Harley plans layoffs in York as some production moves to Kansas City

Harley-Davidson Inc. plans to eliminate roughly 118 jobs at its factory in Springettsbury Township as it shifts production of its Cruiser line of motorcycles to a plant in Kansas City, Mo., according to a company spokeswoman.

The shift will add 118 jobs in Kansas City where the company is consolidating production of all Cruisers, which include the Softail and Sportster models, said the spokeswoman, Bernadette Lauer.

The change takes effect starting with 2018 model-year motorcycles and is designed to reduce capital costs and equipment redundancies, said Lauer, who did not have a specific figure for cost savings.

The Springettsbury plant will continue to make Touring and Trike models, Lauer said. The plant has been making five Softail models.

Of the 118 cuts, 110 will come from among the plant’s full-time hourly workers, Lauer said, while eight salaried and contingent positions also will be cut.

The reductions begin June 23 and will finish by the end of July, Lauer added. The plant will have about 800 employees after the layoffs.

The cuts follow what have proven a challenging few years for the motorcycle manufacturing giant, which has seen decreased sales as its loyal baby boomer base ages and competition from more budget-friendly rivals increases.

Harley-Davidson shipped more than 70,800 motorcycles in the first quarter of the year, a number on the high end of what the company had forecast but still down 14.7 percent from the same period in 2016.

Net income was also down 25.6 percent from last year, as was revenue per motorcycle.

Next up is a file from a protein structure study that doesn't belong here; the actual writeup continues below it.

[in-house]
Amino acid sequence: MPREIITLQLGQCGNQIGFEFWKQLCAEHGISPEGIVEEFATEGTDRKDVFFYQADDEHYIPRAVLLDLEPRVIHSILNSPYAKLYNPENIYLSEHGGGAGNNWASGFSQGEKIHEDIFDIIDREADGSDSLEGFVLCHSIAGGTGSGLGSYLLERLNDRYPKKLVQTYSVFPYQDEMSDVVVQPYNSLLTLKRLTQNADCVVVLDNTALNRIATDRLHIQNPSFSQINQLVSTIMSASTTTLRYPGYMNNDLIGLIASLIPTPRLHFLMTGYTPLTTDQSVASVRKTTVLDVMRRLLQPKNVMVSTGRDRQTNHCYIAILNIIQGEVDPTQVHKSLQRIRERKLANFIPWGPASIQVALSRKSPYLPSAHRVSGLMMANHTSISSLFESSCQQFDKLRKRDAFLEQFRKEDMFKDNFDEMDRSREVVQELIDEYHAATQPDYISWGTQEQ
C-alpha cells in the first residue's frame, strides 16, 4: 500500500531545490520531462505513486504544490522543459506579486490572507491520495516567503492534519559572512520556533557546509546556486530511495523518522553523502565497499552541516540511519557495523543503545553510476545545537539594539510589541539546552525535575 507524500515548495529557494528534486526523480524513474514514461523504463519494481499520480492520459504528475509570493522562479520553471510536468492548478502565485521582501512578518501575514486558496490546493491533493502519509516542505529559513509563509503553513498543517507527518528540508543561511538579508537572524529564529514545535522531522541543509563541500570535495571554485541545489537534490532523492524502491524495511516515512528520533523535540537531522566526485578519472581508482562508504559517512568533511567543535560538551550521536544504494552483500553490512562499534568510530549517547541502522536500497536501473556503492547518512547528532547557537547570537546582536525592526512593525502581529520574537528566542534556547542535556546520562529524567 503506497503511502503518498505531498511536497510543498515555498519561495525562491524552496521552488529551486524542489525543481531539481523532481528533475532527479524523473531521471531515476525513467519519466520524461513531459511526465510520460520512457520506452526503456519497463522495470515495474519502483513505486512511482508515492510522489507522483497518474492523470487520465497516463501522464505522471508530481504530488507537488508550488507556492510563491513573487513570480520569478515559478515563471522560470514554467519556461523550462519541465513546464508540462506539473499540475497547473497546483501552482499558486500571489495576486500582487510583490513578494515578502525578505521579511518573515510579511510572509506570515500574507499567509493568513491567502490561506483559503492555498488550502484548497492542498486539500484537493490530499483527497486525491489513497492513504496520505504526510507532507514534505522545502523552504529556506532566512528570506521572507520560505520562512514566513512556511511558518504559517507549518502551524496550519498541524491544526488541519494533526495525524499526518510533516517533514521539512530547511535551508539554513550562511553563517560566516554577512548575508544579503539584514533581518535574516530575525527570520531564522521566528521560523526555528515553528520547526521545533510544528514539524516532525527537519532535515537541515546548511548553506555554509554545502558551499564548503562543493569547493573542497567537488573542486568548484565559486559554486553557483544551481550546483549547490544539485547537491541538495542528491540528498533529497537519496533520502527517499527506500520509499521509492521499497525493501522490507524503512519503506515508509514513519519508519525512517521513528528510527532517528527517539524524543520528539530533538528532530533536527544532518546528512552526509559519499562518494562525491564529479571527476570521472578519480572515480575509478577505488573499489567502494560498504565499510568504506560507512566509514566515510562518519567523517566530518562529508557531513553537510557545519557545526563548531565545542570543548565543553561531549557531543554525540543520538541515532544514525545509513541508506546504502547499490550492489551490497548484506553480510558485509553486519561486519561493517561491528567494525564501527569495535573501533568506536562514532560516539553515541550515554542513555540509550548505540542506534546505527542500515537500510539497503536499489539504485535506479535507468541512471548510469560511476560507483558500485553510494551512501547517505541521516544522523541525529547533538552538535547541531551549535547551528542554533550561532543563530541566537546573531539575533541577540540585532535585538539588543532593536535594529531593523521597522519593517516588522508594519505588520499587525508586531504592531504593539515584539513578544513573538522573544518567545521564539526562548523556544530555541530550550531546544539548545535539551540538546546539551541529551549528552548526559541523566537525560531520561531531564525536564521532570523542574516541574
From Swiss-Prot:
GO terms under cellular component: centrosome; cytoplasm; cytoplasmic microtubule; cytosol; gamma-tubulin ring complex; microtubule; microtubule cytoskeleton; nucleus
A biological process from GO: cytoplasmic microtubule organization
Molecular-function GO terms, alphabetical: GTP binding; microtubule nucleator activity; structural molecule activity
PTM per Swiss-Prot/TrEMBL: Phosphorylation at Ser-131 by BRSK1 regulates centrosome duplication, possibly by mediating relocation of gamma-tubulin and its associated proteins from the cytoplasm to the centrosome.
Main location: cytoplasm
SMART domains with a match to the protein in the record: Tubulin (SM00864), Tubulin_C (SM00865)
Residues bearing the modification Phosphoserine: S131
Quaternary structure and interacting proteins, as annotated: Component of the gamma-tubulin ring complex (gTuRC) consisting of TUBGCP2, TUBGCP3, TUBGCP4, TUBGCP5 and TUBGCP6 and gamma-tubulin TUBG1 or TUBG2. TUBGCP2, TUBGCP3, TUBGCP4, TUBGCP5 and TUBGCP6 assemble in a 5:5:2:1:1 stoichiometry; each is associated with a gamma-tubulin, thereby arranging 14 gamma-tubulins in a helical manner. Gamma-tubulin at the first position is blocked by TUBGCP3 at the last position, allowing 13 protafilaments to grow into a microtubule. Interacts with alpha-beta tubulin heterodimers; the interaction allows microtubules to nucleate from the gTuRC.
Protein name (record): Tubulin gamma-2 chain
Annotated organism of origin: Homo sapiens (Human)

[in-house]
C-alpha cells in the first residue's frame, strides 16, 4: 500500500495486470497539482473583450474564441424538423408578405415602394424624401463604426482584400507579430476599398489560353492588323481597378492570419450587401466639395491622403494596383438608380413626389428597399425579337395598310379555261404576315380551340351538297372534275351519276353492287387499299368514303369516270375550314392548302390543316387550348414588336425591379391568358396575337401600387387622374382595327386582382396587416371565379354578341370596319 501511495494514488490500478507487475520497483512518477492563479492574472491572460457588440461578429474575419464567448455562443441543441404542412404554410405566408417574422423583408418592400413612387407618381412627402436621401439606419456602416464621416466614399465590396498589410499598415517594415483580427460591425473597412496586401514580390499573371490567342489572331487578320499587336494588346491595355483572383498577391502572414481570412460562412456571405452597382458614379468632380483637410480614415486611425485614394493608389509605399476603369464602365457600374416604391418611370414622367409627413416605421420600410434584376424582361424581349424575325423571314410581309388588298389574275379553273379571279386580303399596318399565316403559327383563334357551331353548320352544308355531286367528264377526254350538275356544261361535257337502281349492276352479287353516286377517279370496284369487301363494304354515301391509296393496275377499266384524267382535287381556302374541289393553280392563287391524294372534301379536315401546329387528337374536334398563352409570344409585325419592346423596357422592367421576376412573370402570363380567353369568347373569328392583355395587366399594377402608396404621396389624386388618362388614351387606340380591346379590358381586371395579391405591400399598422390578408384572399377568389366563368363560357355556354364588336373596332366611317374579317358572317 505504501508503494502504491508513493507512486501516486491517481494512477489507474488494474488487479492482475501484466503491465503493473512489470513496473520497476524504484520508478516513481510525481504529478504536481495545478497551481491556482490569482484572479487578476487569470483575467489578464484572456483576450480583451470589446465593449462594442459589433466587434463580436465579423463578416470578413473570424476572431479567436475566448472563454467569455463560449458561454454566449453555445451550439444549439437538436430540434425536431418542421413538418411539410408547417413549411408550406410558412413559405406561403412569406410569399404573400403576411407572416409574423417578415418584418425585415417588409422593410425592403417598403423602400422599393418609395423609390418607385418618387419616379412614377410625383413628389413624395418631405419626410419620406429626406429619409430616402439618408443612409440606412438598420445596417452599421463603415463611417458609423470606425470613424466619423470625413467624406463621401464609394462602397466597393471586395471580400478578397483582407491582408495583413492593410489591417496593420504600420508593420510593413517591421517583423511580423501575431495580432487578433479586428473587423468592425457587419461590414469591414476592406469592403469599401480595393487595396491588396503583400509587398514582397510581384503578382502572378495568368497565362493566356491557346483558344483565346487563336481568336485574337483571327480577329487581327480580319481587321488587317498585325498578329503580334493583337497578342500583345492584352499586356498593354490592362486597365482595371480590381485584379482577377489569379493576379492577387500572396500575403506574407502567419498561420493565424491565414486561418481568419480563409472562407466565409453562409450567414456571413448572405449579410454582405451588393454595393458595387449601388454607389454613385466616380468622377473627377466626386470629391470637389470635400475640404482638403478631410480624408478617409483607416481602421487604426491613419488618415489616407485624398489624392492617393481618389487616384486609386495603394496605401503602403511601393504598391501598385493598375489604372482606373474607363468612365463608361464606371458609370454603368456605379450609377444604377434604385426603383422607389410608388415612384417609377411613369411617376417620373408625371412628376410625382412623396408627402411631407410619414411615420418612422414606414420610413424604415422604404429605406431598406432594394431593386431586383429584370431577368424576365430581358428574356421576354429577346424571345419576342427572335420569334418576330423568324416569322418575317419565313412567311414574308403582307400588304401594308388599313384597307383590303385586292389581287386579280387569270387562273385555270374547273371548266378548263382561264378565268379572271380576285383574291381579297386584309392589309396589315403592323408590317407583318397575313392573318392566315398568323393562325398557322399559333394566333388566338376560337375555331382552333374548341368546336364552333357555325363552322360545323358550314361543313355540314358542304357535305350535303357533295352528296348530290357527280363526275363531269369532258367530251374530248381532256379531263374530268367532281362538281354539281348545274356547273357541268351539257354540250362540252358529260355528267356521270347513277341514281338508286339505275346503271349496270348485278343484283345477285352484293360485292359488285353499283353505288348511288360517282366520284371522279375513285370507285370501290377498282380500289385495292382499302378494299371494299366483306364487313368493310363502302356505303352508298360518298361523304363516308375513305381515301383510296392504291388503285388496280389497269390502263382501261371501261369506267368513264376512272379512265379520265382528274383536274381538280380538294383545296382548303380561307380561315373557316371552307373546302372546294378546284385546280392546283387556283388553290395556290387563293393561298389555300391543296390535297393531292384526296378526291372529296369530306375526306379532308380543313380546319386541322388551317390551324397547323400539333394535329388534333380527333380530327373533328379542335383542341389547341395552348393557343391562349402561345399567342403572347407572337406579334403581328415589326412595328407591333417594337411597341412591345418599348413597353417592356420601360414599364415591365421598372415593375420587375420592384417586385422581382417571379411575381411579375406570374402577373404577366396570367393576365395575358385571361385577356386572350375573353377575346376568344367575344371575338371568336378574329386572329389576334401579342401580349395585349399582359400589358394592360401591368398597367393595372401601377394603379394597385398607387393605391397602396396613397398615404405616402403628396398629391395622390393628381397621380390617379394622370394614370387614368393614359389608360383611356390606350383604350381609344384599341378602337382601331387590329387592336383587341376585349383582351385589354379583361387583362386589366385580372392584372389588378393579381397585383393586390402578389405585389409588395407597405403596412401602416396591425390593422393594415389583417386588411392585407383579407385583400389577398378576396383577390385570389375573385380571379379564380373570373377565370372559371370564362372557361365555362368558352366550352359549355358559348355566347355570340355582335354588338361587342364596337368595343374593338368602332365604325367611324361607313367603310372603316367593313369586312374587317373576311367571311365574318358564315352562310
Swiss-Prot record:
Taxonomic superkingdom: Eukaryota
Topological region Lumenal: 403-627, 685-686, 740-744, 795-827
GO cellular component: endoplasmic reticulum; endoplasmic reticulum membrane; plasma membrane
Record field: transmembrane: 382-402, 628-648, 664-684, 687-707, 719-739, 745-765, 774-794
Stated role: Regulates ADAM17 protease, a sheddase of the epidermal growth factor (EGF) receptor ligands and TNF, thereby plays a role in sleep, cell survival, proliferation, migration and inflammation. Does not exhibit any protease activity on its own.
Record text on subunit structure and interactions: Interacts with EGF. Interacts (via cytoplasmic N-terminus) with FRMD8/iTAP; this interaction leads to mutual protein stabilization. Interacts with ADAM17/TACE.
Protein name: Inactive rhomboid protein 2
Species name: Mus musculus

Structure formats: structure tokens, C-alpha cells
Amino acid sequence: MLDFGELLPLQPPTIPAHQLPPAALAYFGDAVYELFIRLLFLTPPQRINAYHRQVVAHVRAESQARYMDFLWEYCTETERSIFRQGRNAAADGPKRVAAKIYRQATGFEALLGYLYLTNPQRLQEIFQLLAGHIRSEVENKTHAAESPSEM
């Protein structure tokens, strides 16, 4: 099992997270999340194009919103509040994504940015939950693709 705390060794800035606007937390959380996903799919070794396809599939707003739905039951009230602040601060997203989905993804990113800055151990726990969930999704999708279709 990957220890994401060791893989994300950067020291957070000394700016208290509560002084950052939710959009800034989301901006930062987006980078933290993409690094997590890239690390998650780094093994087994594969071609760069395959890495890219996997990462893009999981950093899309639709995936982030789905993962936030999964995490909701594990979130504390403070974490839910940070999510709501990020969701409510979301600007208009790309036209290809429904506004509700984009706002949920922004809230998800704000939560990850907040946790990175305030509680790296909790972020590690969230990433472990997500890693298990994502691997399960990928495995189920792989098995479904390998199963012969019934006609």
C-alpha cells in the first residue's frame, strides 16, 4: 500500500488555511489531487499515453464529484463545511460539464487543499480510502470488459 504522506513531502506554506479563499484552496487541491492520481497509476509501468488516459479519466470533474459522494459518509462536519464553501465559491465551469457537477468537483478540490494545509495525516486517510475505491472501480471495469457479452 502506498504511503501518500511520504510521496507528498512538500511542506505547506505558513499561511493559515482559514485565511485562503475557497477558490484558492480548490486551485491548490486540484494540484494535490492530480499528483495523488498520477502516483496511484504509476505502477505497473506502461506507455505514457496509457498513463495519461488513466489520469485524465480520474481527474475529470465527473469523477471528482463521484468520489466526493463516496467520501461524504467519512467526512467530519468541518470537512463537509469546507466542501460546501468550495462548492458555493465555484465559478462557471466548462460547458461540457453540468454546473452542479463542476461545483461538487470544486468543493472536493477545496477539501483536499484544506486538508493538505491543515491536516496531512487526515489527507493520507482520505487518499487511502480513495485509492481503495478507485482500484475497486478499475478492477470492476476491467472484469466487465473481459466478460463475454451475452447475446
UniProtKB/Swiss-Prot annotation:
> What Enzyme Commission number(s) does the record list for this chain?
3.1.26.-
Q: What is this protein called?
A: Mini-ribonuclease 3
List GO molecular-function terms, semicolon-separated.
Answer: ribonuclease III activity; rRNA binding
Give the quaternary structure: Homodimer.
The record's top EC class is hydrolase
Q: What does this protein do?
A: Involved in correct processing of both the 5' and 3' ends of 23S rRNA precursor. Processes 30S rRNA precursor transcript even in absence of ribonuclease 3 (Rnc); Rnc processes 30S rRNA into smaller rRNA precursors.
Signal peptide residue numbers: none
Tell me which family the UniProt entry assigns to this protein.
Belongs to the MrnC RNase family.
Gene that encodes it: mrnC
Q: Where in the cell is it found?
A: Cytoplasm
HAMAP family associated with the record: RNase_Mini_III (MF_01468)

Thursday’s announcement was not the first time the Springettsbury plant has felt the repercussions of these declines. The company laid off more than 100 people at the plant last fall.

The Milwaukee-based company also cut employees in 2015, but not in York County. 

Several other York County employers have also announced layoffs in recent months. 

The Kelvion Inc. plant in East Manchester Township industrial announced earlier this month that it was moving its manufacturing operations to Tulsa. About 70 people work at the York County site, which makes brazed plate heat exchangers and related equipment.

Unilife Corp. in Conewago Township laid off 51 people this month, and soon after filed for Chapter 11 bankruptcy.

Last quarter, CEVA Logistics announced the closure of its Fairview Township plant, cutting 173 jobs in the process.

NOTE: An earlier version of article misstated the number of Softail models produced in York. It is five, not two.

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